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If the foundation has any cracks in it under the areas you noticed the ceiling/wall separations you might be concerned. If there are no cracks in the foundation the chances are they are only expansion/contraction cracks, normal settlement cracks, or formed when the wood framing shrunk as it dried out after construction. Small cracks are normal.
If the cracks are wide (1/4”) or excessively long you would have more reason to be concerned.
Caulking on the other hand may not be the best method to repair them depending on the wall construction. If it is drywall it should be taped and mudded with joint compound. Plaster should be repaired with a special crack repair plaster or spackling depending on the size of the crack. Each material has a proper way to repair it.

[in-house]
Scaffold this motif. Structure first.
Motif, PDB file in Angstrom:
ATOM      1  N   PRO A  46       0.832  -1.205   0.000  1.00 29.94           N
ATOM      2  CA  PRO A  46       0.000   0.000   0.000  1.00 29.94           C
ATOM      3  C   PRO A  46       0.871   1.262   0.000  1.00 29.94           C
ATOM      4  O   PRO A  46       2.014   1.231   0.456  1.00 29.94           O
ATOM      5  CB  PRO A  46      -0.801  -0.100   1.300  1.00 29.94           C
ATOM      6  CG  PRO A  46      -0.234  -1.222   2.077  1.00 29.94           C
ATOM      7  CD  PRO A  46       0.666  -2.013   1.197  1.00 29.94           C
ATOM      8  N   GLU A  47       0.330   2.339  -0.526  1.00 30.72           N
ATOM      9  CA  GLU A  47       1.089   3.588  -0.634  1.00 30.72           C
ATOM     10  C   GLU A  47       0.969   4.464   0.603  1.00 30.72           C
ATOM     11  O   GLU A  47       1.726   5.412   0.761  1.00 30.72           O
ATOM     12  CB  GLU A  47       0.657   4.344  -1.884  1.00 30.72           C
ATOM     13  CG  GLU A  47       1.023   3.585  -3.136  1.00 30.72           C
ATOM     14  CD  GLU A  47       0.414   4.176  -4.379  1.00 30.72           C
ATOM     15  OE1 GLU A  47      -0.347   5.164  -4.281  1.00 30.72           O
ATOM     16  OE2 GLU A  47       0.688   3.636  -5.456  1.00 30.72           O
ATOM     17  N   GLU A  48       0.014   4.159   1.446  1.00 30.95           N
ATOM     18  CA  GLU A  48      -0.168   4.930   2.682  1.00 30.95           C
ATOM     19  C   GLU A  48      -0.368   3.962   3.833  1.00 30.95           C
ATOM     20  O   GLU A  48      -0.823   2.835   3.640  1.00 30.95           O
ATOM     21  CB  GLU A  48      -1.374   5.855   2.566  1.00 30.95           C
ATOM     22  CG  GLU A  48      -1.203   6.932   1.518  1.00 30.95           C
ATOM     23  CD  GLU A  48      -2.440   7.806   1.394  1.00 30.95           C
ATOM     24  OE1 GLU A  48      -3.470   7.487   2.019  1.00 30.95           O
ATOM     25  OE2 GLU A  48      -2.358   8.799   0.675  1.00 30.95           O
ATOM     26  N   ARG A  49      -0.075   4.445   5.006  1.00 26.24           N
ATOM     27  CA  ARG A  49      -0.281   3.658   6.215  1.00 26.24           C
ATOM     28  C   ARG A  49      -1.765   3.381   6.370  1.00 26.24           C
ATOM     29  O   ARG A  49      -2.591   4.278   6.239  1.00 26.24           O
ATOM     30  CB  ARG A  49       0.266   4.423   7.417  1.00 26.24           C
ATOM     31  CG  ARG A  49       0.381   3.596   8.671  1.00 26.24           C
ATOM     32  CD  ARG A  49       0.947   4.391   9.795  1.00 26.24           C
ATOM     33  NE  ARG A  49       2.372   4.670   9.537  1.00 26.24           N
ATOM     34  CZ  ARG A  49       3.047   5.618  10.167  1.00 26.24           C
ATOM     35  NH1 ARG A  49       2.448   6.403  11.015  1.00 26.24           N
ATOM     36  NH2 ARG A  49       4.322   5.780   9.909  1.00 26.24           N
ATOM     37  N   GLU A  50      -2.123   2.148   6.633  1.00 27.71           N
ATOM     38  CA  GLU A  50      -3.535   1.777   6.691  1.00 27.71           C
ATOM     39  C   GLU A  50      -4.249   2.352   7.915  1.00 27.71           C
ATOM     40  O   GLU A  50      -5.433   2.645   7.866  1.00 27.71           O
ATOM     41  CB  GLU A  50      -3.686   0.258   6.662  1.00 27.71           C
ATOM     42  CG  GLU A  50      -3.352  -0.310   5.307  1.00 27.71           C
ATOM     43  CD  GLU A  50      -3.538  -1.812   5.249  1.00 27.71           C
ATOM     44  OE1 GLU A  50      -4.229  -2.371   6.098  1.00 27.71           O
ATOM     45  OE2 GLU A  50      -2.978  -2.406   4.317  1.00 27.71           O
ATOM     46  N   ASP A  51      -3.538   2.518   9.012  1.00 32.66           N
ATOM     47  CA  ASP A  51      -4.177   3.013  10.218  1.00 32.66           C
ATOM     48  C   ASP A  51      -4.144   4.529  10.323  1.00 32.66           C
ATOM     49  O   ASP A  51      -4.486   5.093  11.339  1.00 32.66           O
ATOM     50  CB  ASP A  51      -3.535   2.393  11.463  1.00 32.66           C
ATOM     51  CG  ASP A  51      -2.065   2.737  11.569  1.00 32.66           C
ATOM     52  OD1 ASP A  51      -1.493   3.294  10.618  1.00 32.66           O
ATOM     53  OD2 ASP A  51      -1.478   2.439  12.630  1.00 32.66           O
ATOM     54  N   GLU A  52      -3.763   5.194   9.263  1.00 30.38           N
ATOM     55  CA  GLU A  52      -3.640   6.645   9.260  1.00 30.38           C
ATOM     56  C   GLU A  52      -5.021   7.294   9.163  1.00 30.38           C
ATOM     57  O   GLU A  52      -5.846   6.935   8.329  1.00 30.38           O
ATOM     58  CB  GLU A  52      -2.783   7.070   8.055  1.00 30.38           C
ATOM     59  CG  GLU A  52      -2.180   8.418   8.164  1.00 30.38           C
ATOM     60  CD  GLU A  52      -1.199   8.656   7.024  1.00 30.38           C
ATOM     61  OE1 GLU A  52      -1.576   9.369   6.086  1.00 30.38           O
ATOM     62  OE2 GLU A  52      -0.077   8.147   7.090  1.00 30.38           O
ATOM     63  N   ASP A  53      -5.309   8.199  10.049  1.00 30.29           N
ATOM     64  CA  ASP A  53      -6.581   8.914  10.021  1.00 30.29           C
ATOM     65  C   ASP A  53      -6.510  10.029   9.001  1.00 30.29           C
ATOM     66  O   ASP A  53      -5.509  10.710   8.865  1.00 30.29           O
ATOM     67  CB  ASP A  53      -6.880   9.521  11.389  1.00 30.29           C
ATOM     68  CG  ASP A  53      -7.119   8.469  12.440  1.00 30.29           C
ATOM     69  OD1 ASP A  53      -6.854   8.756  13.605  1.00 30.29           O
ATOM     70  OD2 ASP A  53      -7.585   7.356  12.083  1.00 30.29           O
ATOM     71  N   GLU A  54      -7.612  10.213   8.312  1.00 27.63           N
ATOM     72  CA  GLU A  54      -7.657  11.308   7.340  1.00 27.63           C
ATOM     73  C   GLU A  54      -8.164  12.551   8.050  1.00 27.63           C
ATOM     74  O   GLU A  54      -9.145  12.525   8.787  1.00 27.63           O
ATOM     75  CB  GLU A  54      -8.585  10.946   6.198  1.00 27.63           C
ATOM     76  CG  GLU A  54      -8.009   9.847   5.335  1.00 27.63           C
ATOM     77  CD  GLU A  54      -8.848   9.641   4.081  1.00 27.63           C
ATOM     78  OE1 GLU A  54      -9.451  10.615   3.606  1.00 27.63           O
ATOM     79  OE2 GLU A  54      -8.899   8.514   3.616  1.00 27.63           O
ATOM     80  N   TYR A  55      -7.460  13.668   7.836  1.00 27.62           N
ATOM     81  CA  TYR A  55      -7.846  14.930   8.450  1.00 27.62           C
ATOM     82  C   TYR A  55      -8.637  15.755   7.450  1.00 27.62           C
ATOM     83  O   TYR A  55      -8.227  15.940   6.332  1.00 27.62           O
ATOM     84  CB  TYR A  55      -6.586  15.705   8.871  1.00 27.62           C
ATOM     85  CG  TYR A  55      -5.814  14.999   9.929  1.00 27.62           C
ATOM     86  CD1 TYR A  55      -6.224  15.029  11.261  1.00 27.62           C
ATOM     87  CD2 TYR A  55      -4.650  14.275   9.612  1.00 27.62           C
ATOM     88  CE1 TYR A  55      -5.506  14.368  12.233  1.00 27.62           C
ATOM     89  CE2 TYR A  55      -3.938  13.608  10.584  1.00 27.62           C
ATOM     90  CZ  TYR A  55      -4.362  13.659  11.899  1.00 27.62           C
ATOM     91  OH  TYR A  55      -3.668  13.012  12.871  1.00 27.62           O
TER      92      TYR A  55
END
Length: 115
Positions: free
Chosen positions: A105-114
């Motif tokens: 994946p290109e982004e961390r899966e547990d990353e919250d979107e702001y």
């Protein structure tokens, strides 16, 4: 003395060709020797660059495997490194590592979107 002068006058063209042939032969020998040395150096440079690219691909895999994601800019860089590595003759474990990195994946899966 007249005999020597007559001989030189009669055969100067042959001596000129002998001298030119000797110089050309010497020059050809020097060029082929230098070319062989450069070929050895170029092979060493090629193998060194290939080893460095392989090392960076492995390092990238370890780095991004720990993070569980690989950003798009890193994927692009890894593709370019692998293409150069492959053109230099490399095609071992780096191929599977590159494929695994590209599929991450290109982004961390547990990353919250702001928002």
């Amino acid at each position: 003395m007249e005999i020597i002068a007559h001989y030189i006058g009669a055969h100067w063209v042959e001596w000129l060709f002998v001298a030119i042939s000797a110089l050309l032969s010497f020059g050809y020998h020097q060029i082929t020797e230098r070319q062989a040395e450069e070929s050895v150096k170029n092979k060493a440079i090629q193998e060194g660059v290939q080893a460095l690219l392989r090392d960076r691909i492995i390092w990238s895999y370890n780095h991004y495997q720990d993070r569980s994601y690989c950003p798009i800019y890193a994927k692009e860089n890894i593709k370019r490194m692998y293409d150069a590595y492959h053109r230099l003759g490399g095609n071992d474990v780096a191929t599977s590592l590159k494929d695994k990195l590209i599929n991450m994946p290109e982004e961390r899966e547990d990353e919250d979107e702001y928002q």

I would find an EXPERIENCED home inspector. A real estate agent is particularly unqualified to advise youon this, especially one who stands to benefit from the sale.
If I follow your advice, I guess we'll need to leave Jersey altogether and hunt for a fixer upper (always advertised as "with potential") in the Hamptons!
The humidity there can cause more than average wood movement from swelling.
The higher winds create excessive loads onm walls.
And sand is less than ideal for a load bearing soil, depending on the size of house and the kind of foundation. You relly need an experienced home inspector or engineer to render an opinion on site.